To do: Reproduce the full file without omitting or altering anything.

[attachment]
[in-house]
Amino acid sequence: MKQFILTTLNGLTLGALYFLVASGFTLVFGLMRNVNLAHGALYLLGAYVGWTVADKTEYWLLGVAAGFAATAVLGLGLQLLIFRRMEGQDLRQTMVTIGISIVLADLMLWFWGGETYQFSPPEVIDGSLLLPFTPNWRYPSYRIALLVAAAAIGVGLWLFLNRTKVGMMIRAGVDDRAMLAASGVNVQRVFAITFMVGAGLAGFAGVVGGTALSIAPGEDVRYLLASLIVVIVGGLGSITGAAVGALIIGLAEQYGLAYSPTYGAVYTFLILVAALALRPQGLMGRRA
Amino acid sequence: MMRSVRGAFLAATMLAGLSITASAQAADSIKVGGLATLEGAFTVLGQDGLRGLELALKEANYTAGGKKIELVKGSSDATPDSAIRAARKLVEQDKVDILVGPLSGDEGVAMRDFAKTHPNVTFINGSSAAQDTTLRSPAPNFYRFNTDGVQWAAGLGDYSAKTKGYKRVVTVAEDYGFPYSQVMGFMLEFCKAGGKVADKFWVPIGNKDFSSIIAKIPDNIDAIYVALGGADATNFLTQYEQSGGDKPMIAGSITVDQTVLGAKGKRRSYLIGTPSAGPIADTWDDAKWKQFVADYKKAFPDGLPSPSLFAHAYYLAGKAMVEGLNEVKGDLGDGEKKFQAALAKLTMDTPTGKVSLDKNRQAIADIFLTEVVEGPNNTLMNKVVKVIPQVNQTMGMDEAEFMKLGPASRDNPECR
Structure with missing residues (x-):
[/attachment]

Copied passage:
[in-house]
Amino acid sequence: MKQFILTTLNGLTLGALYFLVASGFTLVFGLMRNVNLAHGALYLLGAYVGWTVADKTEYWLLGVAAGFAATAVLGLGLQLLIFRRMEGQDLRQTMVTIGISIVLADLMLWFWGGETYQFSPPEVIDGSLLLPFTPNWRYPSYRIALLVAAAAIGVGLWLFLNRTKVGMMIRAGVDDRAMLAASGVNVQRVFAITFMVGAGLAGFAGVVGGTALSIAPGEDVRYLLASLIVVIVGGLGSITGAAVGALIIGLAEQYGLAYSPTYGAVYTFLILVAALALRPQGLMGRRA
Amino acid sequence: MMRSVRGAFLAATMLAGLSITASAQAADSIKVGGLATLEGAFTVLGQDGLRGLELALKEANYTAGGKKIELVKGSSDATPDSAIRAARKLVEQDKVDILVGPLSGDEGVAMRDFAKTHPNVTFINGSSAAQDTTLRSPAPNFYRFNTDGVQWAAGLGDYSAKTKGYKRVVTVAEDYGFPYSQVMGFMLEFCKAGGKVADKFWVPIGNKDFSSIIAKIPDNIDAIYVALGGADATNFLTQYEQSGGDKPMIAGSITVDQTVLGAKGKRRSYLIGTPSAGPIADTWDDAKWKQFVADYKKAFPDGLPSPSLFAHAYYLAGKAMVEGLNEVKGDLGDGEKKFQAALAKLTMDTPTGKVSLDKNRQAIADIFLTEVVEGPNNTLMNKVVKVIPQVNQTMGMDEAEFMKLGPASRDNPECR
Structure with missing residues (x-):